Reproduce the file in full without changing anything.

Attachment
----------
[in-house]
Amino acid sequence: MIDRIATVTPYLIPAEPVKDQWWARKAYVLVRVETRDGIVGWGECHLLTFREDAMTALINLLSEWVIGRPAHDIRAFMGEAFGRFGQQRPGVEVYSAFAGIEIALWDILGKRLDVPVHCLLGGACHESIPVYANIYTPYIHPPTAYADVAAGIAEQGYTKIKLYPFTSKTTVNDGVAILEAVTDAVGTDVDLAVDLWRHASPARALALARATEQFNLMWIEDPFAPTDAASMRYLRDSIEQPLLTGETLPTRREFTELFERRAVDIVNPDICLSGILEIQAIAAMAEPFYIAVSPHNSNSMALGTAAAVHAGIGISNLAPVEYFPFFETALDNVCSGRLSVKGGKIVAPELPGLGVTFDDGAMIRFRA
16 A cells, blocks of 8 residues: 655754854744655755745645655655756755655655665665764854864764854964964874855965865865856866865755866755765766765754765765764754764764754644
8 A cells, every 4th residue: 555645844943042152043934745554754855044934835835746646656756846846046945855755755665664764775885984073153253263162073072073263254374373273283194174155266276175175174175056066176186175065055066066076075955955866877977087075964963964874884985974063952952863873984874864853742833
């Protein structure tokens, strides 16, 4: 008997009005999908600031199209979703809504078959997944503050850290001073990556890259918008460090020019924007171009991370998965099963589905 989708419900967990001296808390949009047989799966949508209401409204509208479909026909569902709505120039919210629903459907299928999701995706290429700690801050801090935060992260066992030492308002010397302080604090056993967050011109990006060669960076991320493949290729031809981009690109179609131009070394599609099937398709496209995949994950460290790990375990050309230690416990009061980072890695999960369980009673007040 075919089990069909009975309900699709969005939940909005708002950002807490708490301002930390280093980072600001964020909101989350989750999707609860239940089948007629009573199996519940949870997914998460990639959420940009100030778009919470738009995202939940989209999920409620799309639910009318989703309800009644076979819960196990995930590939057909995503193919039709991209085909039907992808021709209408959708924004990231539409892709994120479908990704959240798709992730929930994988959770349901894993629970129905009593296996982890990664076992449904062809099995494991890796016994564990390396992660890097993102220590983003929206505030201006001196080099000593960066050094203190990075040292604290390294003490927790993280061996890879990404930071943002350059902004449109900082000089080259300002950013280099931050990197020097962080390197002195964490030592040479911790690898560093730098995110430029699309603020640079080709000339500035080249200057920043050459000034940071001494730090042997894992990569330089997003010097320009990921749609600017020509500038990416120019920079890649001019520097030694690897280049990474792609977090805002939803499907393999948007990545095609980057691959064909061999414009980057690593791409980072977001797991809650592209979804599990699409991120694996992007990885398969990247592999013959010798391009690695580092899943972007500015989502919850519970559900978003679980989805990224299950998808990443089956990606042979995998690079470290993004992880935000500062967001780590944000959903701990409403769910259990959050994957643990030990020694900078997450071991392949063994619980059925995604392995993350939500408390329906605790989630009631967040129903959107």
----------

[in-house]
Amino acid sequence: MIDRIATVTPYLIPAEPVKDQWWARKAYVLVRVETRDGIVGWGECHLLTFREDAMTALINLLSEWVIGRPAHDIRAFMGEAFGRFGQQRPGVEVYSAFAGIEIALWDILGKRLDVPVHCLLGGACHESIPVYANIYTPYIHPPTAYADVAAGIAEQGYTKIKLYPFTSKTTVNDGVAILEAVTDAVGTDVDLAVDLWRHASPARALALARATEQFNLMWIEDPFAPTDAASMRYLRDSIEQPLLTGETLPTRREFTELFERRAVDIVNPDICLSGILEIQAIAAMAEPFYIAVSPHNSNSMALGTAAAVHAGIGISNLAPVEYFPFFETALDNVCSGRLSVKGGKIVAPELPGLGVTFDDGAMIRFRA
16 A cells, blocks of 8 residues: 655754854744655755745645655655756755655655665665764854864764854964964874855965865865856866865755866755765766765754765765764754764764754644
8 A cells, every 4th residue: 555645844943042152043934745554754855044934835835746646656756846846046945855755755665664764775885984073153253263162073072073263254374373273283194174155266276175175174175056066176186175065055066066076075955955866877977087075964963964874884985974063952952863873984874864853742833
């Protein structure tokens, strides 16, 4: 008997009005999908600031199209979703809504078959997944503050850290001073990556890259918008460090020019924007171009991370998965099963589905 989708419900967990001296808390949009047989799966949508209401409204509208479909026909569902709505120039919210629903459907299928999701995706290429700690801050801090935060992260066992030492308002010397302080604090056993967050011109990006060669960076991320493949290729031809981009690109179609131009070394599609099937398709496209995949994950460290790990375990050309230690416990009061980072890695999960369980009673007040 075919089990069909009975309900699709969005939940909005708002950002807490708490301002930390280093980072600001964020909101989350989750999707609860239940089948007629009573199996519940949870997914998460990639959420940009100030778009919470738009995202939940989209999920409620799309639910009318989703309800009644076979819960196990995930590939057909995503193919039709991209085909039907992808021709209408959708924004990231539409892709994120479908990704959240798709992730929930994988959770349901894993629970129905009593296996982890990664076992449904062809099995494991890796016994564990390396992660890097993102220590983003929206505030201006001196080099000593960066050094203190990075040292604290390294003490927790993280061996890879990404930071943002350059902004449109900082000089080259300002950013280099931050990197020097962080390197002195964490030592040479911790690898560093730098995110430029699309603020640079080709000339500035080249200057920043050459000034940071001494730090042997894992990569330089997003010097320009990921749609600017020509500038990416120019920079890649001019520097030694690897280049990474792609977090805002939803499907393999948007990545095609980057691959064909061999414009980057690593791409980072977001797991809650592209979804599990699409991120694996992007990885398969990247592999013959010798391009690695580092899943972007500015989502919850519970559900978003679980989805990224299950998808990443089956990606042979995998690079470290993004992880935000500062967001780590944000959903701990409403769910259990959050994957643990030990020694900078997450071991392949063994619980059925995604392995993350939500408390329906605790989630009631967040129903959107």